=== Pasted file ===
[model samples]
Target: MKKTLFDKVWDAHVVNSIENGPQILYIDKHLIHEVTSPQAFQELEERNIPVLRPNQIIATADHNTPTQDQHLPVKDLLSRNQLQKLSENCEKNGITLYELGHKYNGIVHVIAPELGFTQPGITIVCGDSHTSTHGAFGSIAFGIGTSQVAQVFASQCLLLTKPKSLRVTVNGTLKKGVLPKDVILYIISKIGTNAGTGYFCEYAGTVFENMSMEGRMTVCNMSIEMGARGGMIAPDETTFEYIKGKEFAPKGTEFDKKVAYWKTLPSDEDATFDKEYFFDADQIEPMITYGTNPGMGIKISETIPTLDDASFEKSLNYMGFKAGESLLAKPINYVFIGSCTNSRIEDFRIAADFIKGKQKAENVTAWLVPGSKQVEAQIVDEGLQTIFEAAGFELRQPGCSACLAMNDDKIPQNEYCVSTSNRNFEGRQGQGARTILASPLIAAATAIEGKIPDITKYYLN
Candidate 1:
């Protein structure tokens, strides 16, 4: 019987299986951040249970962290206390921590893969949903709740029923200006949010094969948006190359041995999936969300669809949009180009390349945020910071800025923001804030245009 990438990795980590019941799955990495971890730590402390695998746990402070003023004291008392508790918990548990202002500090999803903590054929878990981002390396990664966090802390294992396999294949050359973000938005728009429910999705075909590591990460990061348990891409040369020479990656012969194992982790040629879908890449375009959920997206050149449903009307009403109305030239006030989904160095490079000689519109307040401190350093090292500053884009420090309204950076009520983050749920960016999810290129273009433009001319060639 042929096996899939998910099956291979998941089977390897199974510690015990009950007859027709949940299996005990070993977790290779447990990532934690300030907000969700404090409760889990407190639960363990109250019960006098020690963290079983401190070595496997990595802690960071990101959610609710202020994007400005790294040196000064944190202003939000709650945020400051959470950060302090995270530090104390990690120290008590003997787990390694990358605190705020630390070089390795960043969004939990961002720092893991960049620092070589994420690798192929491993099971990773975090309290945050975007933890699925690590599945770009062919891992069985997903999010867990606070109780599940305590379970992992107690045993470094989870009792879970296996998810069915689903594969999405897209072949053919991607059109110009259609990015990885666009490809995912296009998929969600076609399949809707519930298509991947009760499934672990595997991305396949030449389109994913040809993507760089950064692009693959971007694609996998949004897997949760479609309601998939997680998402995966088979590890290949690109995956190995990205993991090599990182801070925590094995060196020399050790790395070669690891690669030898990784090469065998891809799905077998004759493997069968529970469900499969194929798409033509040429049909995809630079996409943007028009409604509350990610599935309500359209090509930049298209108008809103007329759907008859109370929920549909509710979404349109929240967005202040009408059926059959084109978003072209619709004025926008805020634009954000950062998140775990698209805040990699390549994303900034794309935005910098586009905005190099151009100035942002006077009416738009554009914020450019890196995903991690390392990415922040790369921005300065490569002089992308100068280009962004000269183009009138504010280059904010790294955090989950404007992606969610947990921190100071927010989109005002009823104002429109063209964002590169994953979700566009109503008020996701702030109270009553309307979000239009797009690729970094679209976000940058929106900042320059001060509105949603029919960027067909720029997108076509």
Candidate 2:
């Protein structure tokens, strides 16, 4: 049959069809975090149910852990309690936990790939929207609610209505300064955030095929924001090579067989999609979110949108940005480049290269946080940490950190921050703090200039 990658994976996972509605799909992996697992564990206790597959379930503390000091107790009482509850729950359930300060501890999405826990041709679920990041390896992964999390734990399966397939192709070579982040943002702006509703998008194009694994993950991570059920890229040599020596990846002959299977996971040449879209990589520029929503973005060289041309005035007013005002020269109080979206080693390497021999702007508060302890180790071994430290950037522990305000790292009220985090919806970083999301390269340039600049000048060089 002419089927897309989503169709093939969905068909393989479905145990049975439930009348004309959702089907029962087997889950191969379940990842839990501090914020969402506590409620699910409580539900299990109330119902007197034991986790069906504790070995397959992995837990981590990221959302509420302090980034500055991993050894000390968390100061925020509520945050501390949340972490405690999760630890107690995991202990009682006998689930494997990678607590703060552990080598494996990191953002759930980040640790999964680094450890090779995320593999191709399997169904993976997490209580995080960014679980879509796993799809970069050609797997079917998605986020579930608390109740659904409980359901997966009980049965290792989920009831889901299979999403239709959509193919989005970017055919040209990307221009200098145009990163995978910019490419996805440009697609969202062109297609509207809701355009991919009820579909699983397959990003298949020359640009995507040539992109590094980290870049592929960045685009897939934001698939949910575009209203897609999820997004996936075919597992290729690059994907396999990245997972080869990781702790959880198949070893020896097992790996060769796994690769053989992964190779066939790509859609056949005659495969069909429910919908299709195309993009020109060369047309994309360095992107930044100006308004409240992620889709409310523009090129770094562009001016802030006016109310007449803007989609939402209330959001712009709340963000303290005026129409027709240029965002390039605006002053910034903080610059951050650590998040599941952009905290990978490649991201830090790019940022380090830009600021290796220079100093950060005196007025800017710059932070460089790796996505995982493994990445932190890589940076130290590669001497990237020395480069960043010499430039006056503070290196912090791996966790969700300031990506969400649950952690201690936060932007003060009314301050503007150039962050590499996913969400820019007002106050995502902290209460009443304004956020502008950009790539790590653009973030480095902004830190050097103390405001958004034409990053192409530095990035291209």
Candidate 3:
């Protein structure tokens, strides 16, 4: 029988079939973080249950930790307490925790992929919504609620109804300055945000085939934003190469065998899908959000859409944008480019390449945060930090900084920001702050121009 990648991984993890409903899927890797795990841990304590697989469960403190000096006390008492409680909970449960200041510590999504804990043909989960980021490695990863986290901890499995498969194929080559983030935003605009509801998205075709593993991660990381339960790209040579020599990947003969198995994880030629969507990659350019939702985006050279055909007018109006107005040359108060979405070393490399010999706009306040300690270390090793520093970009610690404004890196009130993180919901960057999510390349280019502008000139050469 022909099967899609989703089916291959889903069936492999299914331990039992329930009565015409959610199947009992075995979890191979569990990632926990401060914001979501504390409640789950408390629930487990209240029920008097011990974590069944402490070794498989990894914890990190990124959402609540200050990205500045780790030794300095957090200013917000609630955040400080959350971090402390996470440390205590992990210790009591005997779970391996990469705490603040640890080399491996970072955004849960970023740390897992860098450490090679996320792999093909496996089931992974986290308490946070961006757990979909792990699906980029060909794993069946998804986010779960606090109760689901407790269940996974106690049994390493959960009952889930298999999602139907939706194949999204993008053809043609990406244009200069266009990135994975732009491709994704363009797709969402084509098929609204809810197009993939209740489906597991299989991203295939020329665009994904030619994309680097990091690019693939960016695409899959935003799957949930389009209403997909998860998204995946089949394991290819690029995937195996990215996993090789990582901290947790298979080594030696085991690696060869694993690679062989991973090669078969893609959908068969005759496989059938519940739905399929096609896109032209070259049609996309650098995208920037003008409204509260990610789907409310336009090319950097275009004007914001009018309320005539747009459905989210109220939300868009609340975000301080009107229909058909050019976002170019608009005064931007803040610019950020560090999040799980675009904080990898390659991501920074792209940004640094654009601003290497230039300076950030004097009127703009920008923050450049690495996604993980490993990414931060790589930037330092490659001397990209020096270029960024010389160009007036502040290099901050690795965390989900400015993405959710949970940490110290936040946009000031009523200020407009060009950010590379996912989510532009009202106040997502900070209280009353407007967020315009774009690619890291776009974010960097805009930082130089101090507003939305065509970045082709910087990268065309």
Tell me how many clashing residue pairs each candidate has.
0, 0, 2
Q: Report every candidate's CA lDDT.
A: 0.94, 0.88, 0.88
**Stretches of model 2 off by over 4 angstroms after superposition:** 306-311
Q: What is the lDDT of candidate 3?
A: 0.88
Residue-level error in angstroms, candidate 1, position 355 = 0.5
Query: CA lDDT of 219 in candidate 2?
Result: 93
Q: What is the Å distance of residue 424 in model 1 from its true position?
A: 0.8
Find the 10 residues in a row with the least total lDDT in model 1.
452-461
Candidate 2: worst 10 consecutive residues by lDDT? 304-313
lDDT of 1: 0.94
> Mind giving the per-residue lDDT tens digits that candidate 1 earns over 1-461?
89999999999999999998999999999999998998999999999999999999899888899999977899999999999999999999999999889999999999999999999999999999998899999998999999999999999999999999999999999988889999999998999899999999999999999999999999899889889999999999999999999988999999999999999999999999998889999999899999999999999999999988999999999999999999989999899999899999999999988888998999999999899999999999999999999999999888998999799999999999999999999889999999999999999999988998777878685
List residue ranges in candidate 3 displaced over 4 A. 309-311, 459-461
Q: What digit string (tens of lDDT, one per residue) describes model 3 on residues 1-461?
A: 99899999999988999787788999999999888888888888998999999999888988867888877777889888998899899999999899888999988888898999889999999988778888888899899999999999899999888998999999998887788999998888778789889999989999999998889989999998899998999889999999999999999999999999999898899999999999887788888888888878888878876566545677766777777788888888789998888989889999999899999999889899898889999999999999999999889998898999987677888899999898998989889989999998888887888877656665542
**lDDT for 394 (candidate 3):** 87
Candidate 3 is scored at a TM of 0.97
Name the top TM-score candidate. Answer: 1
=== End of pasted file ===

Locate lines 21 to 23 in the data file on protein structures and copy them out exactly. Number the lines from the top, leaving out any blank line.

Find the 10 residues in a row with the least total lDDT in model 1.
452-461
Candidate 2: worst 10 consecutive residues by lDDT? 304-313